Packaging AIR Native Extensions

Native extensions are a handy improvement to the AIR ecosystem. There are numerous benefits of being able to to drop into some C code for processor-intensive tasks or extending the Flash API into domains outside of the standard library provided by Adobe.

But anybody who has had to deal with developing their own extensions knows that the packaging process is less than straightforward. It requires maintaining at least two different code trees – one for the native portion of the extension, and the other for the ActionScript library that glues the client application to the native portion. The two projects have to be compiled separately – the ActionScript library through the compc tool, and the native portion with its relevant compiler. Finally, both binary outputs have to be packaged into a single ANE file, which is equivalent in structure and function to a SWC.

In addition to all these, the ADT tool which packages the ANE has its own quirks with relative paths (learned at the school of hard knocks), which are best dealt with by placing all the files required for the extension into a single directory rather than scattered across different directories on the hard drive. Which means copying all the various output binaries and XML files into a single directory every time they are changed.

Running all these activities by hand is time consuming and error prone. However, they are mechanical tasks that computers are well-suited to handle. The following batch script is designed for a Windows build chain that compiles both source trees and packages them into an ANE for consumption into the client application.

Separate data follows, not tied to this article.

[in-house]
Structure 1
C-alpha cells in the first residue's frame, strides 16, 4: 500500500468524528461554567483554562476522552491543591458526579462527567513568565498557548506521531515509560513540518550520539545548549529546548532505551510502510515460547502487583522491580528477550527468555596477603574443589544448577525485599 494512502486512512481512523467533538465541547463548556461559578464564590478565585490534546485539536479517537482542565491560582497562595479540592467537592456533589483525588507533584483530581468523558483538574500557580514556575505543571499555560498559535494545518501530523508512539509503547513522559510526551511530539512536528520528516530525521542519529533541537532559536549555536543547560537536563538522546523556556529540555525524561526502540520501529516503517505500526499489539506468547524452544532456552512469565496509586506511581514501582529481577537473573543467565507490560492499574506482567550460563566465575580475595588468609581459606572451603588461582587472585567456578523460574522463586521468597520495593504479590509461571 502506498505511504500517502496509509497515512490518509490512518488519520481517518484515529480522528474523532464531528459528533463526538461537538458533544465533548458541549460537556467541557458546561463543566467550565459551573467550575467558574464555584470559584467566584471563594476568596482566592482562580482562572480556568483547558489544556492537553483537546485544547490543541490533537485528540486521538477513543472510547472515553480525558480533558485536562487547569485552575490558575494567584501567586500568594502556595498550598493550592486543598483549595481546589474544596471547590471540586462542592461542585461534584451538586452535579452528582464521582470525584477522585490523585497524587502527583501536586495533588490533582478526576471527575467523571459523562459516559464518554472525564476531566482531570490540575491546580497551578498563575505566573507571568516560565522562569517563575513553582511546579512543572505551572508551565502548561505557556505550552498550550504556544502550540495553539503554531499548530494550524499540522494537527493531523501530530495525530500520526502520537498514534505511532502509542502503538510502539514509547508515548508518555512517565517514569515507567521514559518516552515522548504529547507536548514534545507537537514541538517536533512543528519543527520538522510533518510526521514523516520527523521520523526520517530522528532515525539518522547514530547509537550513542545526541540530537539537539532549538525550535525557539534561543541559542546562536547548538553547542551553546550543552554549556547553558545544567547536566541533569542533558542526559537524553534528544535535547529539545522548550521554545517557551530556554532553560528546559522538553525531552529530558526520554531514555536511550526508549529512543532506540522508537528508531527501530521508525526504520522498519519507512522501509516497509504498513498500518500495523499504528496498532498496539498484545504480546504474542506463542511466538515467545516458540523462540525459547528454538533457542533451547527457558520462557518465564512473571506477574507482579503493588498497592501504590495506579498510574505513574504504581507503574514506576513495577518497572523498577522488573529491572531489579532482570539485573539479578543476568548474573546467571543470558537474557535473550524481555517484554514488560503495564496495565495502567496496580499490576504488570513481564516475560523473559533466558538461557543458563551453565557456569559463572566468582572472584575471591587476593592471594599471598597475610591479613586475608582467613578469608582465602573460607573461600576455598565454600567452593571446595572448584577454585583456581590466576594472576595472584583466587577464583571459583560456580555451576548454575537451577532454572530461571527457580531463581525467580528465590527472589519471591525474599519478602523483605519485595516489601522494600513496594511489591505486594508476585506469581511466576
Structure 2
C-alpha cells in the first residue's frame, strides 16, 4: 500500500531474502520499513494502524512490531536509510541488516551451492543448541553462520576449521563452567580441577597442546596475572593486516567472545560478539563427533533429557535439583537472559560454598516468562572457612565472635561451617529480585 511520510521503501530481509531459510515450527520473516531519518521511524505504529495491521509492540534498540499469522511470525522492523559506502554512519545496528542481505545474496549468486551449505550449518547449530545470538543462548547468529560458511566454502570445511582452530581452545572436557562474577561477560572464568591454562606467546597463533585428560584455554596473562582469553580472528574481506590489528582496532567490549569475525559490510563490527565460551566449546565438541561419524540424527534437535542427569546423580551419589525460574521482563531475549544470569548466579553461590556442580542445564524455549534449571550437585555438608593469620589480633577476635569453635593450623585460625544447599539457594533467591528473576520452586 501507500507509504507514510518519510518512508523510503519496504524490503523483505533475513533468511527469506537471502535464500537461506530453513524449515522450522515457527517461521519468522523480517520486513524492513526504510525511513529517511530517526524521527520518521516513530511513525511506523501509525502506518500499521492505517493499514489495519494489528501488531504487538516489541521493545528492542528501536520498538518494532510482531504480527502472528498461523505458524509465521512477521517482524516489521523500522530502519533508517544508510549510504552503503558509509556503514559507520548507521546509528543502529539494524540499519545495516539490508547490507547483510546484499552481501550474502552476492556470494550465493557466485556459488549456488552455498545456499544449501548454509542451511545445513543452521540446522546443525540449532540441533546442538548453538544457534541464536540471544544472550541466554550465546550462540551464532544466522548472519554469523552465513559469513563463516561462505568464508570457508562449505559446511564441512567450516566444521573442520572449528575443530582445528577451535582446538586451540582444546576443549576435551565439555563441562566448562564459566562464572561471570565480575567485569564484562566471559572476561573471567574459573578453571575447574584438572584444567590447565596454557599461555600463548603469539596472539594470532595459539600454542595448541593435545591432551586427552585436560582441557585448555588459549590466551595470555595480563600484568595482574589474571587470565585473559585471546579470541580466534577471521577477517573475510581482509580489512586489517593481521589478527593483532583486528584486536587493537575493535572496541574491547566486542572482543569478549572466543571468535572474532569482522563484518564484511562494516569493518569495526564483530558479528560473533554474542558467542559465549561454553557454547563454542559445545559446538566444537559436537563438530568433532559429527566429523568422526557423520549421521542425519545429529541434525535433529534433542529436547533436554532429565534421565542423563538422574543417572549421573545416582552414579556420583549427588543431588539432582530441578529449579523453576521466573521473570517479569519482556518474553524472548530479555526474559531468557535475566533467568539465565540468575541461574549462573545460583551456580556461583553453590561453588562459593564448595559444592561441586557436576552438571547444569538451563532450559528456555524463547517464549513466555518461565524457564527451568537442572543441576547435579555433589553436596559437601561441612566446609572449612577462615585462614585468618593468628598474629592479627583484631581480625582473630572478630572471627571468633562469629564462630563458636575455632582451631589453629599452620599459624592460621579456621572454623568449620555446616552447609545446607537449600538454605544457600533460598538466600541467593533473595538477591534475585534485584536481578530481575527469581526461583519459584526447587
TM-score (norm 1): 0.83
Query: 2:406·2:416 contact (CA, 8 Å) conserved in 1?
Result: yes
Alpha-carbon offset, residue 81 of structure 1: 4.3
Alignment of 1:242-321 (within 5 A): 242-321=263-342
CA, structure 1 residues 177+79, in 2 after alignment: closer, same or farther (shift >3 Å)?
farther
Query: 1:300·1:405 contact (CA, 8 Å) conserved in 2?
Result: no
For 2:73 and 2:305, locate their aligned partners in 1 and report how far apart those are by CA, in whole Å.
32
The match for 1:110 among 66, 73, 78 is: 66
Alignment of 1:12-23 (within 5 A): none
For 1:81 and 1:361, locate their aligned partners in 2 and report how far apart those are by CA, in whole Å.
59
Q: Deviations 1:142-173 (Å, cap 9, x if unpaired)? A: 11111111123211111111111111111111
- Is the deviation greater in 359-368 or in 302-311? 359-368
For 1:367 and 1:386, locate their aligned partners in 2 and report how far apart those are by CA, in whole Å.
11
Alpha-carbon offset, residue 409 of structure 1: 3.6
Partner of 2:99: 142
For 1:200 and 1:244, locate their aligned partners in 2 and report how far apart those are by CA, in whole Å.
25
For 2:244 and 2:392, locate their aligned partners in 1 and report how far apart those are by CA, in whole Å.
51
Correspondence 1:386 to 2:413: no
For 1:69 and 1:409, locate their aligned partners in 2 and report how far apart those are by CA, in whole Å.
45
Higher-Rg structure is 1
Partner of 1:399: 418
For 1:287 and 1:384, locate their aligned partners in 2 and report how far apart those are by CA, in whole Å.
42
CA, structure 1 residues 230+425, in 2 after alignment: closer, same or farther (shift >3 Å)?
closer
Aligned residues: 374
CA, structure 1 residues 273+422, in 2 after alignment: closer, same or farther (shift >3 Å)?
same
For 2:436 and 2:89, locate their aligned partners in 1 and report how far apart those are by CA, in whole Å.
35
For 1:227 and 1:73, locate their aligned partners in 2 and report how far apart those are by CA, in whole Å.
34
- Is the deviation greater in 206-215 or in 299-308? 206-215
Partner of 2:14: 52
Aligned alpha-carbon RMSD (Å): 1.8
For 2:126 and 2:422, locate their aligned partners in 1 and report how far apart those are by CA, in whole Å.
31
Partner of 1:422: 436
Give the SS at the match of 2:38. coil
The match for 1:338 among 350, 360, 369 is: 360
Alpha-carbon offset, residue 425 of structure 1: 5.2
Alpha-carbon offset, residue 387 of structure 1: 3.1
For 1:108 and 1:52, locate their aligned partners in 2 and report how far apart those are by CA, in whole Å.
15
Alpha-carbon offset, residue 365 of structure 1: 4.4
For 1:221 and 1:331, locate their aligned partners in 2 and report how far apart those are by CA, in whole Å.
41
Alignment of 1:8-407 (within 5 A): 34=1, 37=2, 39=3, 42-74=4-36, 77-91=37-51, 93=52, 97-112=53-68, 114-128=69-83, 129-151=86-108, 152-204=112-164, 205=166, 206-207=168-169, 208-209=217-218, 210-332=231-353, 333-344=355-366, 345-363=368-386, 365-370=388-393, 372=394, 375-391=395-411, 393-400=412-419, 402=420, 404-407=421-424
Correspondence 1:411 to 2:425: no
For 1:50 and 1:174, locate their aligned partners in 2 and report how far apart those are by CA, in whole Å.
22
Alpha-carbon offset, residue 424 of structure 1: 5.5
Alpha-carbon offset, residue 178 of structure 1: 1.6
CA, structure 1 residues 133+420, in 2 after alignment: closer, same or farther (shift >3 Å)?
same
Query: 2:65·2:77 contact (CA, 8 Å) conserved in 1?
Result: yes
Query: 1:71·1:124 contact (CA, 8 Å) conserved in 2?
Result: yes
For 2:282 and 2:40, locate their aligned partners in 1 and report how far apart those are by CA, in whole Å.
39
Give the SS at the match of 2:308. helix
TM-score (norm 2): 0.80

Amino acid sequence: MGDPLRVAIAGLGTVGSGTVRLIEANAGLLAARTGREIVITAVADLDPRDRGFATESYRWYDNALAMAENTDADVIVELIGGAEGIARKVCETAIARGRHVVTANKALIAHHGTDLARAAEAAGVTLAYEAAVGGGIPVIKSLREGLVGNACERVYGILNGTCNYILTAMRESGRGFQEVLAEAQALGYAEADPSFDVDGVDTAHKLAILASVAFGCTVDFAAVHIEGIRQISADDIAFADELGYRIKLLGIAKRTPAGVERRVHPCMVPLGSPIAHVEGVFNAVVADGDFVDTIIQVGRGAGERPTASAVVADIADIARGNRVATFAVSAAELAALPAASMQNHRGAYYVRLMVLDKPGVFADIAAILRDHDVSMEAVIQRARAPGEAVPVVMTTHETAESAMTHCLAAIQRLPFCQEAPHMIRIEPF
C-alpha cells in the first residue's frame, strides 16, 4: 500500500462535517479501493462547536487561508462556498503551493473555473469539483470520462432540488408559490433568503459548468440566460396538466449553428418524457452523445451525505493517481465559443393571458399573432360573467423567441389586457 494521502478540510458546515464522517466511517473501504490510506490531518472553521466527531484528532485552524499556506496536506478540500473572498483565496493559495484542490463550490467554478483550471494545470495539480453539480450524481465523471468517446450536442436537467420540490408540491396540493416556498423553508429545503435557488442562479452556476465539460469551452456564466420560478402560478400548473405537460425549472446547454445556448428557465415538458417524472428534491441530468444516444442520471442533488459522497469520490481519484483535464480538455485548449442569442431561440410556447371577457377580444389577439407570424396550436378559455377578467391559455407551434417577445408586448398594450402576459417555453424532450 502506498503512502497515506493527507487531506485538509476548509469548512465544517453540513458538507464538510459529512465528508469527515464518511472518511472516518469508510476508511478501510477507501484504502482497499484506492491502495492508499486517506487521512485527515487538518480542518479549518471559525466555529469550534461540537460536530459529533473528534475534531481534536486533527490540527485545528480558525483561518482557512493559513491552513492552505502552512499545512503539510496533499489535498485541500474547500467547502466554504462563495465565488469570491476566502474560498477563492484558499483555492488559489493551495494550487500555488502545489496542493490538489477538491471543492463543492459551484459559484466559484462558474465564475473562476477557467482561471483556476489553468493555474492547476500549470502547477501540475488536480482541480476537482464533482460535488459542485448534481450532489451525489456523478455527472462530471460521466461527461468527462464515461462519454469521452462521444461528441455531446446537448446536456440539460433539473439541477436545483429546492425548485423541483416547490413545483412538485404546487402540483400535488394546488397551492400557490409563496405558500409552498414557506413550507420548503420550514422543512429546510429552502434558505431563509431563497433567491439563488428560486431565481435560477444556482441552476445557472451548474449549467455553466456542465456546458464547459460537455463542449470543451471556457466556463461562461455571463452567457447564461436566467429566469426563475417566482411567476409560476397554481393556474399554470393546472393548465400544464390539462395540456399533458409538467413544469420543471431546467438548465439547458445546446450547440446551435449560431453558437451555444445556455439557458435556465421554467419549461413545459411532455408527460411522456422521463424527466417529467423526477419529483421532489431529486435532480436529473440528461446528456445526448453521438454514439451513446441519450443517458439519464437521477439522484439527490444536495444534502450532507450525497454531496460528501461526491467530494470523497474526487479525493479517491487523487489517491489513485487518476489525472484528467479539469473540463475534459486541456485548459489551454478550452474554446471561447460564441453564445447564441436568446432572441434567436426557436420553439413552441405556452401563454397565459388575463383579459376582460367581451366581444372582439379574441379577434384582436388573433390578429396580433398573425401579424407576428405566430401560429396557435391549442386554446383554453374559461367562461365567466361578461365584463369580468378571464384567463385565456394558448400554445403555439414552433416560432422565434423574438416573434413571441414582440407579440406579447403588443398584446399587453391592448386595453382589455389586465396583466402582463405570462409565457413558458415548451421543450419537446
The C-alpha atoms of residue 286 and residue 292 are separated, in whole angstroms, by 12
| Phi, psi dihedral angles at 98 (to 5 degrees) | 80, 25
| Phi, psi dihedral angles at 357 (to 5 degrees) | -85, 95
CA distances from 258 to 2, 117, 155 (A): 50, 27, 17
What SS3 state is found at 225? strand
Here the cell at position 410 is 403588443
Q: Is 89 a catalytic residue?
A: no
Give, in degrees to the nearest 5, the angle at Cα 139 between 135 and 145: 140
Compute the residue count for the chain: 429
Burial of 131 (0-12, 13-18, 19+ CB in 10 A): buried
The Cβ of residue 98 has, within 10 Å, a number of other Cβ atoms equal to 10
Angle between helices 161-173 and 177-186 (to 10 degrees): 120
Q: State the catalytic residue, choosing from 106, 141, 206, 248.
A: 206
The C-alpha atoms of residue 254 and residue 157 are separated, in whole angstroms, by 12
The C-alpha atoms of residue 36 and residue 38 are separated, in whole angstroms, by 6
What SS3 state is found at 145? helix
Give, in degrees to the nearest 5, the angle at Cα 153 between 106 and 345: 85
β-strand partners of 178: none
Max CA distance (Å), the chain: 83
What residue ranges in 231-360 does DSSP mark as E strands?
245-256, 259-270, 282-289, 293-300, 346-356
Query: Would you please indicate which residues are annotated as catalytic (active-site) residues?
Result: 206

1. Delete the previously generated binaries to begin with a thoroughly clean slate.
  2. Create a new designated build directory. This is the directory where your binaries are copied into and packaged into an ANE.
  3. Compile the ActionScript library using the compc tool. It becomes much easier if you pass a flex-config.xml file as a parameter to the tool rather than passing every setting as a parameter to the command line.
  4. Copy the output SWC into the build directory. Alternatively, the compc tool has an -output parameter that can be used to specify the location and filename of the generated binary.
  5. Extract the library.swf file from the SWC generated in the previous step into the build directory. Unfortunately, Windows does not ship with a native command line utility to extract files from an archive. Alternatives such as 7-zip help fill up that gap.
  6. Compile the native code using your compiler toolchain of choice.
  7. Copy the native runtime library along with a previously authored descriptor.xml into the build directory.
  8. Package all these files into an ANE using the ADT tool. Invoke the ADT command from inside the build directory.